Projections of Paradise

Ideal Elsewheres in Postcolonial Migrant Literature

Paradise is commonly imagined as a place of departure or arrival, beginning and closure, permanent inhabitation of which, however much desired, is illusory. This makes it the dream of the traveller, the explorer, the migrant – hence, a trope recurrent in postcolonial writing, which is so centrally concerned with questions of displacement and belonging.
Projections of Paradise documents this concern and demonstrates the indebtedness of writers as diverse as Salman Rushdie, Agha Shahid Ali, Cyril Dabydeen, Bernardine Evaristo, Amitav Ghosh, James Goonewardene, Romesh Gunesekera, Abdulrazak Gurnah, Janette Turner Hospital, Penelope Lively, Fatima Mernissi, Michael Ondaatje, Shyam Selvadurai, M.G. Vassanji, and Rudy Wiebe to strikingly similar myths of fulfilment. In writing, directly or indirectly, about the experience of migration, all project paradises as places of origin or destination, as homes left or not yet found, as objects of nostalgic recollection or hopeful anticipation. Yet in locating such places, quite specifically, in Egypt, Zanzibar, Kashmir, Sri Lanka, the Sundarbans, Canada, the Caribbean, Queensland, Morocco, Tuscany, Russia, the Arctic, the USA, and England, they also subvert received fantasies of paradise as a pleasurable land rich with natural beauty.
Projections of Paradise explores what happens to these fantasies and what remains of them as postcolonial writings call them into question and expose the often hellish realities from which popular dreams of ideal elsewheres are commonly meant to provide an escape.
Contributors: Vera Alexander, Gerd Bayer, Derek Coyle, Geetha Ganapathy-Doré, Evelyne Hanquart-Turner, Ursula Kluwick, Janne Korkka, Marta Mamet-Michalkiewicz, Sofia Muñoz-Valdieso, Susanne Pichler, Helga Ramsey-Kurz, Ulla Ratheiser, Petra Tournay-Thedotou.

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Helga Ramsey-Kurz is an associate professor of English literature at the University of Innsbruck, and Geetha Ganapathy-Doré an associate professor of English in the Law, Political and Social Sciences Faculty of the University of Paris 13. The research interests and publications of both co-editors are in the field of postcolonial literature and culture.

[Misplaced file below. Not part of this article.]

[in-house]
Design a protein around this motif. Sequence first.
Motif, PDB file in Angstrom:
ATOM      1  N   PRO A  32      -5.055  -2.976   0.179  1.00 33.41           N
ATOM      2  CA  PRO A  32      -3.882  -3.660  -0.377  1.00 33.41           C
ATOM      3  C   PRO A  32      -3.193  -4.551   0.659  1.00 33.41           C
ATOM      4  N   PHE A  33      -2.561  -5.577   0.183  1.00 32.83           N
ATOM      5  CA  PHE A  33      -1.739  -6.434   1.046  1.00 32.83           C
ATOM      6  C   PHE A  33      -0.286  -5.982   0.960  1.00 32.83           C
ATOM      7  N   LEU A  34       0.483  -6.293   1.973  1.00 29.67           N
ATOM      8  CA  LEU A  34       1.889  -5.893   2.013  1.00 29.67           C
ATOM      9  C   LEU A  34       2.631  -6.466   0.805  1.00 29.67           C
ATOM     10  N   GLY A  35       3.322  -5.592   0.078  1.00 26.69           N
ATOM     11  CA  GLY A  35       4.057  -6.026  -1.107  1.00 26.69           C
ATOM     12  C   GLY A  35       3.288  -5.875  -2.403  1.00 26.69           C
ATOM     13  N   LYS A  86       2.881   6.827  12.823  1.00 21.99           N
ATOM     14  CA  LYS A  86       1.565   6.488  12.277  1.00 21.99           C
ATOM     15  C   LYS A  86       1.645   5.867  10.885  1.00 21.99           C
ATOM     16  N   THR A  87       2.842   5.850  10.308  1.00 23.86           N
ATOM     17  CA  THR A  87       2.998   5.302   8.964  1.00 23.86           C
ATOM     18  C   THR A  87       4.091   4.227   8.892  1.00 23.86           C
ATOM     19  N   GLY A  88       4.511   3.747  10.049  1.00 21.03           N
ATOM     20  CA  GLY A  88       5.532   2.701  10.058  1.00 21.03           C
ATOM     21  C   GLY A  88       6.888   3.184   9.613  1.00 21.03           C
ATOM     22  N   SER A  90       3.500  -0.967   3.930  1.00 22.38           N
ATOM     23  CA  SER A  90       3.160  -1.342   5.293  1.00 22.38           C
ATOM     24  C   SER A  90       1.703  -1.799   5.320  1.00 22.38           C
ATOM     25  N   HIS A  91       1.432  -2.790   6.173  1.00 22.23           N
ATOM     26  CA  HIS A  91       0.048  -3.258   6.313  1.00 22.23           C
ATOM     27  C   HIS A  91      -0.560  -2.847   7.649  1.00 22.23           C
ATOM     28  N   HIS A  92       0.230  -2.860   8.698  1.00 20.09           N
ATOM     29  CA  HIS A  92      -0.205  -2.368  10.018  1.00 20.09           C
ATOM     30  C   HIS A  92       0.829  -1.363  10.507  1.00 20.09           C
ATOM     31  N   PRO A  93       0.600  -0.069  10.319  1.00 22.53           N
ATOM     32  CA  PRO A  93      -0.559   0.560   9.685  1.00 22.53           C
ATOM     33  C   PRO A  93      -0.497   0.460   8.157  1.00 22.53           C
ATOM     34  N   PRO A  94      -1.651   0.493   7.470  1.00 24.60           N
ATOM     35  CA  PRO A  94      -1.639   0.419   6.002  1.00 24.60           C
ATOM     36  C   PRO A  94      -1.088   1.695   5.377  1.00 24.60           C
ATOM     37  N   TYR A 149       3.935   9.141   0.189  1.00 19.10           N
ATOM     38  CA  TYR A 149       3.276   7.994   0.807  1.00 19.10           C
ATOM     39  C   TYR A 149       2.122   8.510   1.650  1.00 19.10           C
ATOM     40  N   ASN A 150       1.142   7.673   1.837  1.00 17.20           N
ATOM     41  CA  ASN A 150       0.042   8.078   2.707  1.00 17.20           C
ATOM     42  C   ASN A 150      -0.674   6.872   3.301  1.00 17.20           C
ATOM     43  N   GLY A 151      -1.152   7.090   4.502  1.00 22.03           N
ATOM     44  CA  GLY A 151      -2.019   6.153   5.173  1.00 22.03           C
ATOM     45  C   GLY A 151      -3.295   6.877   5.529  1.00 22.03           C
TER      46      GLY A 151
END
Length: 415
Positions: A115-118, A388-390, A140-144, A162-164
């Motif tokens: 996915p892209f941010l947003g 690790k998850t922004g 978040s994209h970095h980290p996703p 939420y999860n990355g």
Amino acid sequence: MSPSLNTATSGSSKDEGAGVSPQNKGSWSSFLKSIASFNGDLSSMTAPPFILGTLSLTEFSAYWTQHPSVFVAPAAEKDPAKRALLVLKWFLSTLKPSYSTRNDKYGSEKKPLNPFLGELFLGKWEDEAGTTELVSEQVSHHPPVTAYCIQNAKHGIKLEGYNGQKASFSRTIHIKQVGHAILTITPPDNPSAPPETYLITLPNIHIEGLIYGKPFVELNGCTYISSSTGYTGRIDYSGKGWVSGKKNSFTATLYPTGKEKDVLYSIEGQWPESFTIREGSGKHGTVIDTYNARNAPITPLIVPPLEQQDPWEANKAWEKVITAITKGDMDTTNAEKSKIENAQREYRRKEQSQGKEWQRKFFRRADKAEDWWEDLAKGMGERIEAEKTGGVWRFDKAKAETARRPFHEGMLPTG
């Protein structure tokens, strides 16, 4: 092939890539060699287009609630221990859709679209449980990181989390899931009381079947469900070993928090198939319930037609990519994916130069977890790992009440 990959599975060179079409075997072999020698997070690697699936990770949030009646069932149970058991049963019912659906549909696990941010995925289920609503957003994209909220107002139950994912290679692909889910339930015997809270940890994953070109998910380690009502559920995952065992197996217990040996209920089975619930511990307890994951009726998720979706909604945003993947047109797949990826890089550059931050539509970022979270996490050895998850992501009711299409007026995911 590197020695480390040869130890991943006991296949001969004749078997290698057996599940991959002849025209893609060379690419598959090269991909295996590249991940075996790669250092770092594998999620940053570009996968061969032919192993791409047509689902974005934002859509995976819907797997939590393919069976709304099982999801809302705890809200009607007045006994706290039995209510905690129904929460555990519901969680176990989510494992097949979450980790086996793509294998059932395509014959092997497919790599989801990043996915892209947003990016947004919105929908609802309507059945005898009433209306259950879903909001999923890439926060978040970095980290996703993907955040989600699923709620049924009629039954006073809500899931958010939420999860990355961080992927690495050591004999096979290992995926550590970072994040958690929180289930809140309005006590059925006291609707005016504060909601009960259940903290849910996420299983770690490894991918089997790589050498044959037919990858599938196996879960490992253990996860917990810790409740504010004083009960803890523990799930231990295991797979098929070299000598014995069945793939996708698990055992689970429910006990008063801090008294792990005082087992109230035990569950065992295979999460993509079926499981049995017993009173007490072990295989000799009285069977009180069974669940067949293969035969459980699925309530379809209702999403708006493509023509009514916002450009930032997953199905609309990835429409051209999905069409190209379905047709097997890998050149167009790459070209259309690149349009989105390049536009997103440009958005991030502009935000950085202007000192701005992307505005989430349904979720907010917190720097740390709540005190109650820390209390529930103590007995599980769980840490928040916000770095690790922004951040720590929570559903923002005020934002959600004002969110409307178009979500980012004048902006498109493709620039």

Helga Ramsey–Kurz: Introduction: Some Uses of Paradise
Vera Alexander: Revisiting Lost Gardens: The Expulsion from Childhood in the Writings of Penelope Lively
Geetha Ganapathy–Doré: Kashmir by Way of London and New York: Projections of Paradise in Salman Rushdie and Agha Shahid Ali
Gerd Bayer: Subverting the Tropical Paradise
Evelyne Hanquart–Turner: The Search for Paradise: Amitav Ghosh’s The Hungry Tide
Susanne Pichler: “But are we not all refugees from something?”: Projections of Paradise in Romesh Gunesekera’s Reef
Petra Tournay–Theodotou: Reconfigurations of “home as a mythic place of desire”: Bernardine Evaristo’s Soul Tourists
Sofía Muñoz Valdivieso: The Paradise Within: Displacement, Memory and Nostalgia in Abdulrazak Gurnah’s By the Sea
Marta Mamet–Michalkiewicz: Paradise Regained? The Harem in Fatima Mernissi’s Dreams of Trespass: Tales of a Harem Girlhood
Ulla Ratheiser: The Scent of Paradise: Michael Ondaatje’s “The Cinnamon Peeler”
Ursula Kluwick: Waters of Paradise: The English Patient
Derek Coyle: “I got raptures once, and I saw God”: Shabine as Prophetic Shaman of Paradise in Derek Walcott’s “The Schooner Flight
Janne Korkka: “I feel the land”: Contradictions of Place in Rudy Wiebe’s Mennonite Novels
Helga Ramsey–Kurz: Glimpses of Paradise: Hope in Short Stories of Migration by M.G. Vassanji, Cyril Dabydeen, and Janette Turner Hospital
Notes on Contributors